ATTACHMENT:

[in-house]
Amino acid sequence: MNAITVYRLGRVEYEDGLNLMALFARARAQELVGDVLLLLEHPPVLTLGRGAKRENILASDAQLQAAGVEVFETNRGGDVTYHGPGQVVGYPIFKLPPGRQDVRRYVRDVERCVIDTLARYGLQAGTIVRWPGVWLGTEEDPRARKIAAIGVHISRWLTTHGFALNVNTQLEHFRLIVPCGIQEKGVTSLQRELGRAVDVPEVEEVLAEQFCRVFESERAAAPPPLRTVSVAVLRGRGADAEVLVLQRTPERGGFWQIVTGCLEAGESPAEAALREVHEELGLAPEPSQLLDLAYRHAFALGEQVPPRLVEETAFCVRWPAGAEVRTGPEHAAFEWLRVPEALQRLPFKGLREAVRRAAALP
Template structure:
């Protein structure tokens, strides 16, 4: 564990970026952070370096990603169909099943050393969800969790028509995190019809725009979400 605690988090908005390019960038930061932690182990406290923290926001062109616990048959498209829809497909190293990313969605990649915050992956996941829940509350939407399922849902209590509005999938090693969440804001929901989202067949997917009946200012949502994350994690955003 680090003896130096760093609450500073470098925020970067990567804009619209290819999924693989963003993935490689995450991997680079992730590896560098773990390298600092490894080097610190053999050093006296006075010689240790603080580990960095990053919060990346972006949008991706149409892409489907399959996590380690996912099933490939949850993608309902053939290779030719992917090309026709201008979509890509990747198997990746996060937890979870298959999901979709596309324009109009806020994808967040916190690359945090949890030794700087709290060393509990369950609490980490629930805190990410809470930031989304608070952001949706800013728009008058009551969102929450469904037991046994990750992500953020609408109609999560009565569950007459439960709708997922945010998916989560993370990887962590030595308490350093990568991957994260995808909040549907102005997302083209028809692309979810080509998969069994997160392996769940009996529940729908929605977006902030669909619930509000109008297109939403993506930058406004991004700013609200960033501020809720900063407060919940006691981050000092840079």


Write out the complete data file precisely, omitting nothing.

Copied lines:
[in-house]
Amino acid sequence: MNAITVYRLGRVEYEDGLNLMALFARARAQELVGDVLLLLEHPPVLTLGRGAKRENILASDAQLQAAGVEVFETNRGGDVTYHGPGQVVGYPIFKLPPGRQDVRRYVRDVERCVIDTLARYGLQAGTIVRWPGVWLGTEEDPRARKIAAIGVHISRWLTTHGFALNVNTQLEHFRLIVPCGIQEKGVTSLQRELGRAVDVPEVEEVLAEQFCRVFESERAAAPPPLRTVSVAVLRGRGADAEVLVLQRTPERGGFWQIVTGCLEAGESPAEAALREVHEELGLAPEPSQLLDLAYRHAFALGEQVPPRLVEETAFCVRWPAGAEVRTGPEHAAFEWLRVPEALQRLPFKGLREAVRRAAALP
Template structure:
């Protein structure tokens, strides 16, 4: 564990970026952070370096990603169909099943050393969800969790028509995190019809725009979400 605690988090908005390019960038930061932690182990406290923290926001062109616990048959498209829809497909190293990313969605990649915050992956996941829940509350939407399922849902209590509005999938090693969440804001929901989202067949997917009946200012949502994350994690955003 680090003896130096760093609450500073470098925020970067990567804009619209290819999924693989963003993935490689995450991997680079992730590896560098773990390298600092490894080097610190053999050093006296006075010689240790603080580990960095990053919060990346972006949008991706149409892409489907399959996590380690996912099933490939949850993608309902053939290779030719992917090309026709201008979509890509990747198997990746996060937890979870298959999901979709596309324009109009806020994808967040916190690359945090949890030794700087709290060393509990369950609490980490629930805190990410809470930031989304608070952001949706800013728009008058009551969102929450469904037991046994990750992500953020609408109609999560009565569950007459439960709708997922945010998916989560993370990887962590030595308490350093990568991957994260995808909040549907102005997302083209028809692309979810080509998969069994997160392996769940009996529940729908929605977006902030669909619930509000109008297109939403993506930058406004991004700013609200960033501020809720900063407060919940006691981050000092840079």